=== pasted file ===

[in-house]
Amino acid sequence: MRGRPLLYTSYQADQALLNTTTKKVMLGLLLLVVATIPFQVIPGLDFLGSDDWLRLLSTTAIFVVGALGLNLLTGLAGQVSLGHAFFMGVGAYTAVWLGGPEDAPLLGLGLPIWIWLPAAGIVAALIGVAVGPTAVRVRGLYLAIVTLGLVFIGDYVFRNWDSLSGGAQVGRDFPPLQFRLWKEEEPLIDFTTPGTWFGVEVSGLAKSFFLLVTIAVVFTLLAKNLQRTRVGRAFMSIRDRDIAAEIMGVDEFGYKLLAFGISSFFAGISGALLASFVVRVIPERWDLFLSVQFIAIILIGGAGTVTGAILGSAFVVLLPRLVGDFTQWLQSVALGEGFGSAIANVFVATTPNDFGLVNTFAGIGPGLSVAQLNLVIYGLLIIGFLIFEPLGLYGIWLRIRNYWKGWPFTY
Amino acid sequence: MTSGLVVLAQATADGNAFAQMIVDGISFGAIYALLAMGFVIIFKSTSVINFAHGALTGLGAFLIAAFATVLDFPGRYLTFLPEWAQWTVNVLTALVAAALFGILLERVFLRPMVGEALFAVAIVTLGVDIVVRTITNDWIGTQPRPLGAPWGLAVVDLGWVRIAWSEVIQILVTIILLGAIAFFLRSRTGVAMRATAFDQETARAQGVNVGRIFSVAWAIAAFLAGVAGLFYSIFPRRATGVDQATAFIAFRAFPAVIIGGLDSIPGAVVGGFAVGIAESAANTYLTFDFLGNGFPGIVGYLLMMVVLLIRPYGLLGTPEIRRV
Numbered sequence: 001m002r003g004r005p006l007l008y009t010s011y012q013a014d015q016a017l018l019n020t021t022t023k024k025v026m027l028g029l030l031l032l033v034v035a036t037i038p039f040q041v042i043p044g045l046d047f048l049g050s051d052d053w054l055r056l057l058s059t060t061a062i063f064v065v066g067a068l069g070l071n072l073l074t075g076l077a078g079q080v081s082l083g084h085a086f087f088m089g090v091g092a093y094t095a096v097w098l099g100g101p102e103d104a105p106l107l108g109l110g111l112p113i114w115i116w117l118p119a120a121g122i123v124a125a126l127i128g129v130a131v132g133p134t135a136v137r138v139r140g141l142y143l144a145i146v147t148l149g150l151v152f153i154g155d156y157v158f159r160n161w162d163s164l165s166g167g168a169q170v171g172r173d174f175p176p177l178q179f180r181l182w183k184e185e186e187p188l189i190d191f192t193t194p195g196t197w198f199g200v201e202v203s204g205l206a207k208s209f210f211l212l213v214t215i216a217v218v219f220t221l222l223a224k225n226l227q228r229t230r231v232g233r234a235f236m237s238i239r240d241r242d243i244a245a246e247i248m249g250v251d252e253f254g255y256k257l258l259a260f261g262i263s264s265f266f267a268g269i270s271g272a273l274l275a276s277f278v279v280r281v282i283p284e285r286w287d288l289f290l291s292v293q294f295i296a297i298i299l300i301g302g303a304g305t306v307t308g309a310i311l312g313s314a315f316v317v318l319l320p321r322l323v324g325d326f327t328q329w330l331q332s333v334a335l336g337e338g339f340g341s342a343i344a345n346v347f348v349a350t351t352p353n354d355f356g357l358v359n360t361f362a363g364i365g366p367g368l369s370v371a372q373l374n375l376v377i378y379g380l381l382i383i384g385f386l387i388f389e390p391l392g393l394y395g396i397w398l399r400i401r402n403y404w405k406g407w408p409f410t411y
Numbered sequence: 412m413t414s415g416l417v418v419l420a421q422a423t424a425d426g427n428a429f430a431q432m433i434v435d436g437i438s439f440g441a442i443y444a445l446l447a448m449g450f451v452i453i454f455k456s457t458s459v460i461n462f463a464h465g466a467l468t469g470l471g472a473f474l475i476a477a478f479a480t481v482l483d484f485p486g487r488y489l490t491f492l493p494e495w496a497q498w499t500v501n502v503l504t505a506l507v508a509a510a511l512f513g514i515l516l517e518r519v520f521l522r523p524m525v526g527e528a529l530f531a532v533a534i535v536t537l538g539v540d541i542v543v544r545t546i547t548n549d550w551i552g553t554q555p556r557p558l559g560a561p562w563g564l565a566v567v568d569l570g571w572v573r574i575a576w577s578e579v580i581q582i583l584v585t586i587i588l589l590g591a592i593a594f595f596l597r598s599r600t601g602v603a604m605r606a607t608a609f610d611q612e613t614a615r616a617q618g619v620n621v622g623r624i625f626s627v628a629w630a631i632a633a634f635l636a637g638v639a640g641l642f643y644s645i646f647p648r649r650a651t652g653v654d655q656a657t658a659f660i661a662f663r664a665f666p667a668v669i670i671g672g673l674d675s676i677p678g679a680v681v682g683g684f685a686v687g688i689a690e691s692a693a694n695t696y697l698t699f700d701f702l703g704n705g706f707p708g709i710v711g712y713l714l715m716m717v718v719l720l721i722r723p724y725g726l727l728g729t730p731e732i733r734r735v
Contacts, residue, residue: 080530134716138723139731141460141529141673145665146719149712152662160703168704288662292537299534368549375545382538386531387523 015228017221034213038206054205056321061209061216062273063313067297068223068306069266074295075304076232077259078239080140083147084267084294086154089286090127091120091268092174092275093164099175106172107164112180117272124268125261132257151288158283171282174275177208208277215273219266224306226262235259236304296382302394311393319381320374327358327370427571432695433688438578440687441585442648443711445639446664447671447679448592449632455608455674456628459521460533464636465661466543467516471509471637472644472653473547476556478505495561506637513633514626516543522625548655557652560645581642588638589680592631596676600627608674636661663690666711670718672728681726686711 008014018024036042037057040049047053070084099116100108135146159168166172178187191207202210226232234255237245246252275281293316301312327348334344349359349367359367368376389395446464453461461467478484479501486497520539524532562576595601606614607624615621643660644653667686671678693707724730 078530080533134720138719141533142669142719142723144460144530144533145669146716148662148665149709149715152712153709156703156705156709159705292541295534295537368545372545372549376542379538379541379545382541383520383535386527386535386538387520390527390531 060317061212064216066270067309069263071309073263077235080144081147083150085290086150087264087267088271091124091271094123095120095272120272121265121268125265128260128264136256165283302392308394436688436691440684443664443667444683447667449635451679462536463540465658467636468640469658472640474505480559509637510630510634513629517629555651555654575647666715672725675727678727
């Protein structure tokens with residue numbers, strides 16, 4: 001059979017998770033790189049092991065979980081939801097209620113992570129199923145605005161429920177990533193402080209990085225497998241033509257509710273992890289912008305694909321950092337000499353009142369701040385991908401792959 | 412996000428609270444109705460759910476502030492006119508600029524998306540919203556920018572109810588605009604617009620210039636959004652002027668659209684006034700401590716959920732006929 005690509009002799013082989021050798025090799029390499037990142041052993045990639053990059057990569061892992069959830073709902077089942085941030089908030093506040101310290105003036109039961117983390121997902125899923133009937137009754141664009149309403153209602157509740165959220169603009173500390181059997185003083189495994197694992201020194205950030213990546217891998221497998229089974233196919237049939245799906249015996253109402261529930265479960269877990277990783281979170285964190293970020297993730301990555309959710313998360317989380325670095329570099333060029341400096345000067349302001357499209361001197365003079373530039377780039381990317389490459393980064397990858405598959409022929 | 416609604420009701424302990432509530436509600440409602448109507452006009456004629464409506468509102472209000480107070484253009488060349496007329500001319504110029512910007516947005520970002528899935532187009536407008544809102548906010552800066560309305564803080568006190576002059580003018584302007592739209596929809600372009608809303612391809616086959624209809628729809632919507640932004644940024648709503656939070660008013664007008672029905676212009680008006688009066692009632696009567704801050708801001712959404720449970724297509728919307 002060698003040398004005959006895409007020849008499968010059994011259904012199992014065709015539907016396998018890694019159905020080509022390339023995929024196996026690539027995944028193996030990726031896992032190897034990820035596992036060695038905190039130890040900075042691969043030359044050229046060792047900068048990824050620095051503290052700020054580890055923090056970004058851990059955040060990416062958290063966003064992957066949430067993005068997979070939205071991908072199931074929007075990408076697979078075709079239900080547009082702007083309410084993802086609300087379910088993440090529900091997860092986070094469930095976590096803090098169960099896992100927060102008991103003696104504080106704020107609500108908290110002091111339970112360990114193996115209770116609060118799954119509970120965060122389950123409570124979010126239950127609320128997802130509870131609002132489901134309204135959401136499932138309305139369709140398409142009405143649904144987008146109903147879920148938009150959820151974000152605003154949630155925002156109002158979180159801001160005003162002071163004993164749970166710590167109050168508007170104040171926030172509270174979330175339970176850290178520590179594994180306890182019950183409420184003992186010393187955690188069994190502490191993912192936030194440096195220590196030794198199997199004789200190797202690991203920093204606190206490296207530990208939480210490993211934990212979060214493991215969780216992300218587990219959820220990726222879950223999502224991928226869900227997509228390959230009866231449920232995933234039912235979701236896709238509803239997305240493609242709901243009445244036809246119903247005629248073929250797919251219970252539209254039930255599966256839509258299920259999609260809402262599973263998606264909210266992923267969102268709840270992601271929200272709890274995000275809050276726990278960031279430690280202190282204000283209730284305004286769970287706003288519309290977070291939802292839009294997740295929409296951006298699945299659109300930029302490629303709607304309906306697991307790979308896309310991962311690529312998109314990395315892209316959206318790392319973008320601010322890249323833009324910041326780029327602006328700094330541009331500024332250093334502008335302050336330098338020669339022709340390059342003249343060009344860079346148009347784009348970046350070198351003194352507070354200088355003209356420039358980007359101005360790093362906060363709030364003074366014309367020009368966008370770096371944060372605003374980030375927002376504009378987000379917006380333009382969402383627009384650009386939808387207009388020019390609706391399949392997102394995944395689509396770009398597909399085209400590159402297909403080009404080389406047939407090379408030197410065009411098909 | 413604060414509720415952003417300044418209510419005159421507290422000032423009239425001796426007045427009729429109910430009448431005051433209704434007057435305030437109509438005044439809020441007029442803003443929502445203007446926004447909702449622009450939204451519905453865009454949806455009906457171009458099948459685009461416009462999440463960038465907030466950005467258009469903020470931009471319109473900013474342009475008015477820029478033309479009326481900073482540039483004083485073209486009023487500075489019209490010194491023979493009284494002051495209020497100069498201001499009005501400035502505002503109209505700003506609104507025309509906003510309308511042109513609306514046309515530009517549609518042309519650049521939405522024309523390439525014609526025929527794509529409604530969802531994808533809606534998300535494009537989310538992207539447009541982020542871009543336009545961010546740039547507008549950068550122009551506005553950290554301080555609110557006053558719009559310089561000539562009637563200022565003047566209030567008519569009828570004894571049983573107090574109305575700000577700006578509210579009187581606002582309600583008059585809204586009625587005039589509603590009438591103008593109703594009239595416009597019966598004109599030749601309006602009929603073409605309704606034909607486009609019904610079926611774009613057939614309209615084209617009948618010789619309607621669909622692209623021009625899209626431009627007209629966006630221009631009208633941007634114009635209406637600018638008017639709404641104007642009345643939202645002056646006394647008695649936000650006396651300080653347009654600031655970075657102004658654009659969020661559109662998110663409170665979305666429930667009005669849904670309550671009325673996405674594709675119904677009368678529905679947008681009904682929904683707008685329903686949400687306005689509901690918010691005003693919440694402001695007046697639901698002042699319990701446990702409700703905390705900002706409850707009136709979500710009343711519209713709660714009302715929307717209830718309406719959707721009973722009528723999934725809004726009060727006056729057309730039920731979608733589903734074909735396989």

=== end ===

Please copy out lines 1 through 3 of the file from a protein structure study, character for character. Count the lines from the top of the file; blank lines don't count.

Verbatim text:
[in-house]
Amino acid sequence: MRGRPLLYTSYQADQALLNTTTKKVMLGLLLLVVATIPFQVIPGLDFLGSDDWLRLLSTTAIFVVGALGLNLLTGLAGQVSLGHAFFMGVGAYTAVWLGGPEDAPLLGLGLPIWIWLPAAGIVAALIGVAVGPTAVRVRGLYLAIVTLGLVFIGDYVFRNWDSLSGGAQVGRDFPPLQFRLWKEEEPLIDFTTPGTWFGVEVSGLAKSFFLLVTIAVVFTLLAKNLQRTRVGRAFMSIRDRDIAAEIMGVDEFGYKLLAFGISSFFAGISGALLASFVVRVIPERWDLFLSVQFIAIILIGGAGTVTGAILGSAFVVLLPRLVGDFTQWLQSVALGEGFGSAIANVFVATTPNDFGLVNTFAGIGPGLSVAQLNLVIYGLLIIGFLIFEPLGLYGIWLRIRNYWKGWPFTY
Amino acid sequence: MTSGLVVLAQATADGNAFAQMIVDGISFGAIYALLAMGFVIIFKSTSVINFAHGALTGLGAFLIAAFATVLDFPGRYLTFLPEWAQWTVNVLTALVAAALFGILLERVFLRPMVGEALFAVAIVTLGVDIVVRTITNDWIGTQPRPLGAPWGLAVVDLGWVRIAWSEVIQILVTIILLGAIAFFLRSRTGVAMRATAFDQETARAQGVNVGRIFSVAWAIAAFLAGVAGLFYSIFPRRATGVDQATAFIAFRAFPAVIIGGLDSIPGAVVGGFAVGIAESAANTYLTFDFLGNGFPGIVGYLLMMVVLLIRPYGLLGTPEIRRV